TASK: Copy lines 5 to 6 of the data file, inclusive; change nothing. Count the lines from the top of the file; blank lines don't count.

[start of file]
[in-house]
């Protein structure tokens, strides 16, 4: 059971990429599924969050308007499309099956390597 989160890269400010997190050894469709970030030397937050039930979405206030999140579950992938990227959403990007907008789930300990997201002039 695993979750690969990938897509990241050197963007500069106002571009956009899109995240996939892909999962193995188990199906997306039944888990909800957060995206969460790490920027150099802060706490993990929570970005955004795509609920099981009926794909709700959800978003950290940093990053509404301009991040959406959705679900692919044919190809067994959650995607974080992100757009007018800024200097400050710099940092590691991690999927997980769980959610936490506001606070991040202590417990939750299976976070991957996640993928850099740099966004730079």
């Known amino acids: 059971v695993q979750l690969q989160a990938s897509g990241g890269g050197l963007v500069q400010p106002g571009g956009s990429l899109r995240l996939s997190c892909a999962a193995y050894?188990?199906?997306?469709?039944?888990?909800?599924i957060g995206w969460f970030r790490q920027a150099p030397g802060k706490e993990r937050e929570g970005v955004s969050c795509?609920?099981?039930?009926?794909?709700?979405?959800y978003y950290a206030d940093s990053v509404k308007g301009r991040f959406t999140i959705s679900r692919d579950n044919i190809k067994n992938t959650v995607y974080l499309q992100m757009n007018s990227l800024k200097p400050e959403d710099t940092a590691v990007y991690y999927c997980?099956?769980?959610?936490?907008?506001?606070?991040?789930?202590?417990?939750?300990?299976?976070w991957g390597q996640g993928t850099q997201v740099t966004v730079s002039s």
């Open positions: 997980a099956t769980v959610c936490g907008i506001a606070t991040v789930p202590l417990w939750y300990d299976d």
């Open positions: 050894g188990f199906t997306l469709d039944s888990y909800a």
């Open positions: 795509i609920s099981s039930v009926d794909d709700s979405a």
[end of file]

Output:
């Open positions: 050894g188990f199906t997306l469709d039944s888990y909800a």
């Open positions: 795509i609920s099981s039930v009926d794909d709700s979405a």